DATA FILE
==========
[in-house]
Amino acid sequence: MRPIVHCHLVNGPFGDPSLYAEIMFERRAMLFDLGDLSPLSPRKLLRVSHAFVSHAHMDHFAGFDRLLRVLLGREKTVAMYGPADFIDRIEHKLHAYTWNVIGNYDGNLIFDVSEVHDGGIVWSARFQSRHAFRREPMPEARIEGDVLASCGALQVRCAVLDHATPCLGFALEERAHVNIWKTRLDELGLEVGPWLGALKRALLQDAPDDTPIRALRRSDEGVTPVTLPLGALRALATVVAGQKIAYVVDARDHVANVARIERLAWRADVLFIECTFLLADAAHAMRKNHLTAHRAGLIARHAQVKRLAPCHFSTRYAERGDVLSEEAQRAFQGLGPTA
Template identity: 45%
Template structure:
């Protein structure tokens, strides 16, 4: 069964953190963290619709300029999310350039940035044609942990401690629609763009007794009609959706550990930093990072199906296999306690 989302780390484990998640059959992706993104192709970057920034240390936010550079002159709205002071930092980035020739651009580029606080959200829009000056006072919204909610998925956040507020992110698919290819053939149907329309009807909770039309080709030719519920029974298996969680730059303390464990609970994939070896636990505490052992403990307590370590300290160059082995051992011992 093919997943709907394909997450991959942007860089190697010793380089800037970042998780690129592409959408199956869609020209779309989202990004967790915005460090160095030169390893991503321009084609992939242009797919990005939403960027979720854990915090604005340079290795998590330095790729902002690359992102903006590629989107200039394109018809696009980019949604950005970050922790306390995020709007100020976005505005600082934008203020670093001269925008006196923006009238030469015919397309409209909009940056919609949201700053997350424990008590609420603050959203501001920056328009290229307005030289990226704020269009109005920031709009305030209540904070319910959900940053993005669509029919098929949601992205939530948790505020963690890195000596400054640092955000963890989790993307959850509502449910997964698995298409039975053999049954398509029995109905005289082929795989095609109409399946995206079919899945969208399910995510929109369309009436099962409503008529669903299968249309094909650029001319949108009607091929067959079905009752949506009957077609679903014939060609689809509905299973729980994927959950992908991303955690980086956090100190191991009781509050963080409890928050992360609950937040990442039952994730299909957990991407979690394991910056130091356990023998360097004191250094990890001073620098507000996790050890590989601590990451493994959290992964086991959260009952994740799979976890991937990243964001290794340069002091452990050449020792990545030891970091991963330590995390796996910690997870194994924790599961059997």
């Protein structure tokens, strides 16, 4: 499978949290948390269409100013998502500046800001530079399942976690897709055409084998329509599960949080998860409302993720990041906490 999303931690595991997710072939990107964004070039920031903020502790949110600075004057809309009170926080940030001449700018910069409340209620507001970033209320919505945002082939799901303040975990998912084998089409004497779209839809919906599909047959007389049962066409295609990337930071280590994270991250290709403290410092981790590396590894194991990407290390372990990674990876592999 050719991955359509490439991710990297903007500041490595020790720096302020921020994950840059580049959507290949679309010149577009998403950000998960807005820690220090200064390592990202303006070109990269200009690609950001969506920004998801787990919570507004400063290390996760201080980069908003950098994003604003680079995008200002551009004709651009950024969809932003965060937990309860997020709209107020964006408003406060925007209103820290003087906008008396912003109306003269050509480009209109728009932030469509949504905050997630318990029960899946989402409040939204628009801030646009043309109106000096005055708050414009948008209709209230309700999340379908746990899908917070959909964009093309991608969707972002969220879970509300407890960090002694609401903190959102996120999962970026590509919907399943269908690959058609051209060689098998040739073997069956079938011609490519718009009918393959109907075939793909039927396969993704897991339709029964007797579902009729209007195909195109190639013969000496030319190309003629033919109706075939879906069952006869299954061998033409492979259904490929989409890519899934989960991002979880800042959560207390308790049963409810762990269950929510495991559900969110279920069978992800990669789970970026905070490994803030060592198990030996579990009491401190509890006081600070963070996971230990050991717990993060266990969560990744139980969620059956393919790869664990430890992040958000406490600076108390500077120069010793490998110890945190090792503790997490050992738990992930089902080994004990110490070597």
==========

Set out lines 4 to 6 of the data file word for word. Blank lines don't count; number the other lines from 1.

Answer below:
Template structure:
């Protein structure tokens, strides 16, 4: 069964953190963290619709300029999310350039940035044609942990401690629609763009007794009609959706550990930093990072199906296999306690 989302780390484990998640059959992706993104192709970057920034240390936010550079002159709205002071930092980035020739651009580029606080959200829009000056006072919204909610998925956040507020992110698919290819053939149907329309009807909770039309080709030719519920029974298996969680730059303390464990609970994939070896636990505490052992403990307590370590300290160059082995051992011992 093919997943709907394909997450991959942007860089190697010793380089800037970042998780690129592409959408199956869609020209779309989202990004967790915005460090160095030169390893991503321009084609992939242009797919990005939403960027979720854990915090604005340079290795998590330095790729902002690359992102903006590629989107200039394109018809696009980019949604950005970050922790306390995020709007100020976005505005600082934008203020670093001269925008006196923006009238030469015919397309409209909009940056919609949201700053997350424990008590609420603050959203501001920056328009290229307005030289990226704020269009109005920031709009305030209540904070319910959900940053993005669509029919098929949601992205939530948790505020963690890195000596400054640092955000963890989790993307959850509502449910997964698995298409039975053999049954398509029995109905005289082929795989095609109409399946995206079919899945969208399910995510929109369309009436099962409503008529669903299968249309094909650029001319949108009607091929067959079905009752949506009957077609679903014939060609689809509905299973729980994927959950992908991303955690980086956090100190191991009781509050963080409890928050992360609950937040990442039952994730299909957990991407979690394991910056130091356990023998360097004191250094990890001073620098507000996790050890590989601590990451493994959290992964086991959260009952994740799979976890991937990243964001290794340069002091452990050449020792990545030891970091991963330590995390796996910690997870194994924790599961059997």
């Protein structure tokens, strides 16, 4: 499978949290948390269409100013998502500046800001530079399942976690897709055409084998329509599960949080998860409302993720990041906490 999303931690595991997710072939990107964004070039920031903020502790949110600075004057809309009170926080940030001449700018910069409340209620507001970033209320919505945002082939799901303040975990998912084998089409004497779209839809919906599909047959007389049962066409295609990337930071280590994270991250290709403290410092981790590396590894194991990407290390372990990674990876592999 050719991955359509490439991710990297903007500041490595020790720096302020921020994950840059580049959507290949679309010149577009998403950000998960807005820690220090200064390592990202303006070109990269200009690609950001969506920004998801787990919570507004400063290390996760201080980069908003950098994003604003680079995008200002551009004709651009950024969809932003965060937990309860997020709209107020964006408003406060925007209103820290003087906008008396912003109306003269050509480009209109728009932030469509949504905050997630318990029960899946989402409040939204628009801030646009043309109106000096005055708050414009948008209709209230309700999340379908746990899908917070959909964009093309991608969707972002969220879970509300407890960090002694609401903190959102996120999962970026590509919907399943269908690959058609051209060689098998040739073997069956079938011609490519718009009918393959109907075939793909039927396969993704897991339709029964007797579902009729209007195909195109190639013969000496030319190309003629033919109706075939879906069952006869299954061998033409492979259904490929989409890519899934989960991002979880800042959560207390308790049963409810762990269950929510495991559900969110279920069978992800990669789970970026905070490994803030060592198990030996579990009491401190509890006081600070963070996971230990050991717990993060266990969560990744139980969620059956393919790869664990430890992040958000406490600076108390500077120069010793490998110890945190090792503790997490050992738990992930089902080994004990110490070597």